From: Michael Lorrey <firstname.lastname@example.org>
To: email@example.com <firstname.lastname@example.org> Date: 14 December 1998 20:33
Subject: Re: Corporate liability (WAS: Environmentalism in a Free society)
>> -----Original Message-----
>> From: Michael Lorrey <email@example.com>
>> >Since a shareholder, when not prevented by the government, has the right
>> >examine all corporate documents, then current technology allows for
>> >driven complete due diligence if all company records are digitized
>> >easily be made a standard by PPA polices). Granted that it was much
>> in the
>> >past for a corporation to hide things, but this is no longer the case.
>> What makes you think that when a corporation is freed from its
>> it won't stop people accessing it's records? Or covering them up?
>PPL involves interlocking insurance arrangements and arbitration
>much as in civil and common law. In order for a corporation to be insured,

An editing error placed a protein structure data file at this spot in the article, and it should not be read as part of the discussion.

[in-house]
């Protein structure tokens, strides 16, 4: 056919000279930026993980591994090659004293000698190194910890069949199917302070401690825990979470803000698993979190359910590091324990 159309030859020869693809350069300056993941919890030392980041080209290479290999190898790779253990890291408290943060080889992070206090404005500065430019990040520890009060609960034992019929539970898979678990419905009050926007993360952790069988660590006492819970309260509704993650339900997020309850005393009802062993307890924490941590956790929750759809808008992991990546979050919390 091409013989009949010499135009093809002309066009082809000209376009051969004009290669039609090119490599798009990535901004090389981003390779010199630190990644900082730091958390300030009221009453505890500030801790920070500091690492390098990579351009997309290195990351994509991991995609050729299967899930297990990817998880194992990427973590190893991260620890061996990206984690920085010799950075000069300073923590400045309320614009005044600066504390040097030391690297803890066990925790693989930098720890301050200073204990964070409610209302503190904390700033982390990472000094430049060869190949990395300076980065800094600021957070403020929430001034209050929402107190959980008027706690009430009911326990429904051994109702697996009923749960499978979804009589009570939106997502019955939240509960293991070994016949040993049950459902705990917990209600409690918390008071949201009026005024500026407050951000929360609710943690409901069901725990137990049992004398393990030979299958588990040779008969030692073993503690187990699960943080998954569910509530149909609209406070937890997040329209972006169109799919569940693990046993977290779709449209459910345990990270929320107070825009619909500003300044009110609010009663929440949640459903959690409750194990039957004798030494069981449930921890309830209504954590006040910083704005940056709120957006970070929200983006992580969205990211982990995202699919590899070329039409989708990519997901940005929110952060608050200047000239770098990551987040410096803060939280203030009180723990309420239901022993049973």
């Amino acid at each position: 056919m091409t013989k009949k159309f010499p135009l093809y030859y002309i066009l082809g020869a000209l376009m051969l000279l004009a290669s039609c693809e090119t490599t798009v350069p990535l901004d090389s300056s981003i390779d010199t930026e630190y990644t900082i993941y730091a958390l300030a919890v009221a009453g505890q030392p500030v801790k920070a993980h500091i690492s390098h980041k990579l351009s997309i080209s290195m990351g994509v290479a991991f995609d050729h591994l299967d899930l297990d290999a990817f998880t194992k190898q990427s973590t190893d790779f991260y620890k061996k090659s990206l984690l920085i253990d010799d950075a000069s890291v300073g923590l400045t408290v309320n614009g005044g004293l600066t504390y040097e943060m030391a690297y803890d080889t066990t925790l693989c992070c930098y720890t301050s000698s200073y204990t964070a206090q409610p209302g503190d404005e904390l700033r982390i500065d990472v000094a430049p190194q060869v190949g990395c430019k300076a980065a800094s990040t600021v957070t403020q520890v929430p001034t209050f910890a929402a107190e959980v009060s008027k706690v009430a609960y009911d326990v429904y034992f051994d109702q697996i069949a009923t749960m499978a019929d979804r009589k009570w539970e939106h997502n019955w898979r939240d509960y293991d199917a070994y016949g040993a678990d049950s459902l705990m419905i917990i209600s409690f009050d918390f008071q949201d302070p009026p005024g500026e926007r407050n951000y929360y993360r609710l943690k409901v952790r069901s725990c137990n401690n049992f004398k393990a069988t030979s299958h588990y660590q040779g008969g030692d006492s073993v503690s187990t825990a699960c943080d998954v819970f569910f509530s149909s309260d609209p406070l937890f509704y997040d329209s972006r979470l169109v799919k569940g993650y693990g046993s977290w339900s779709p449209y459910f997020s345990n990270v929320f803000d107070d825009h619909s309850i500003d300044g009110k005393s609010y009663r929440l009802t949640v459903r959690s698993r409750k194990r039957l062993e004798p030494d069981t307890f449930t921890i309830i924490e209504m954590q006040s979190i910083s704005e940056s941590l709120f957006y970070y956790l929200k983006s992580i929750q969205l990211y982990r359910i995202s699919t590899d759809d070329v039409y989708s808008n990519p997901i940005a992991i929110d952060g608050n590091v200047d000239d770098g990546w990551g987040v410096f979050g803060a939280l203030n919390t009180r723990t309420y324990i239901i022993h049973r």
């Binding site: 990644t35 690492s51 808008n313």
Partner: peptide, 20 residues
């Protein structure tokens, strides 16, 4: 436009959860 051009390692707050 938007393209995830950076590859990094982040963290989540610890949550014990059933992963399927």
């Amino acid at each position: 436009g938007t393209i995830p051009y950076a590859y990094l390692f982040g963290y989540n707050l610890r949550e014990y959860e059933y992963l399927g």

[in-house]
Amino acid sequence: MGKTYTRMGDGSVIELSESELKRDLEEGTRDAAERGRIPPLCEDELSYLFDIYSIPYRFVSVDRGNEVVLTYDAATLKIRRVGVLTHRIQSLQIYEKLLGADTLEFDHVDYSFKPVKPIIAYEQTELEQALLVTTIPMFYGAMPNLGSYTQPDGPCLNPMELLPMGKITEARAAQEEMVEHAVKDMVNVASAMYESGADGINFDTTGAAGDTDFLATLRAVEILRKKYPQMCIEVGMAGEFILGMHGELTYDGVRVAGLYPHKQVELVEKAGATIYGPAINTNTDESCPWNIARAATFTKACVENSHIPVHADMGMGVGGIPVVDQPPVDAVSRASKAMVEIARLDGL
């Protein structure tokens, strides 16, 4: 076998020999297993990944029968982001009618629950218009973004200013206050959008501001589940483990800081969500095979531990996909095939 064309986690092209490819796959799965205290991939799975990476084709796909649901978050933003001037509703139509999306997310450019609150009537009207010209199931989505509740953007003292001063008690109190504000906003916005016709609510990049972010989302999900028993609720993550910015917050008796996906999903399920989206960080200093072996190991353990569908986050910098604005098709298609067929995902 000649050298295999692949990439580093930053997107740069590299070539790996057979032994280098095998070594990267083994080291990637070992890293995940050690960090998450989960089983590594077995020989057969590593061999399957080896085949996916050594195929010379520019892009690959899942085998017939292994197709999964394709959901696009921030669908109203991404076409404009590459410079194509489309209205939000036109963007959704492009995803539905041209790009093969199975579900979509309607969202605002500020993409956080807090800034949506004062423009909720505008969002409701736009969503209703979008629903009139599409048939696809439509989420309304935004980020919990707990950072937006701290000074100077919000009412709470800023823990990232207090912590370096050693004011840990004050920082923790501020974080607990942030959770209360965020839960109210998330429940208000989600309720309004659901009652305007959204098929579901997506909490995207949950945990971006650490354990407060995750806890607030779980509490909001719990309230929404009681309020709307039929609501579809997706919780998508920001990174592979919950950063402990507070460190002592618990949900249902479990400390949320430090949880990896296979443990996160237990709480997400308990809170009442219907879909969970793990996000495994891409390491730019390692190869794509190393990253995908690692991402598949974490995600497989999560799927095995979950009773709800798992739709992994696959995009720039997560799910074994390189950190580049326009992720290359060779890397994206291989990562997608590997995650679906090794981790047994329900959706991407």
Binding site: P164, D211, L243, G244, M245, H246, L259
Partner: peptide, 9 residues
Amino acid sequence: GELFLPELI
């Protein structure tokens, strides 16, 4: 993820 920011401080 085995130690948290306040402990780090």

>must agree to the policies of the PPA they are insured with. A corporation
>engages in stock fraud rapidly loses value, and the officers of the
>engaging in the fraud can have civil action taken against them by the
>PPA, as well as the PPA of an independent stockholder association, and the
>of the employee union. Given such interlocking agreements, it becomes
>practice in any corporation wishing to maximize stock value to open
>records to stockholders for due diligence purposes. If a corporate officer
>engages in liable actions in contradition to stated corporate policy, they
>become individually liable, and are not sheilded even by current day
>liability corporate legal practices.
And Microsoft says "Fuck all of them. Anyone for Windows 2000" Most people don't think enough to look up the past record of a company . They don't care enough to look at the enviromental record. They don't give a damn about Microsoft forcing businesses to only carry their borwser or locking ISP's into carrying their products. They care abstractly, but when it comes down to it, most people don't look more than 6 inches beyond their nose, or 3 inches beyond the next bargain.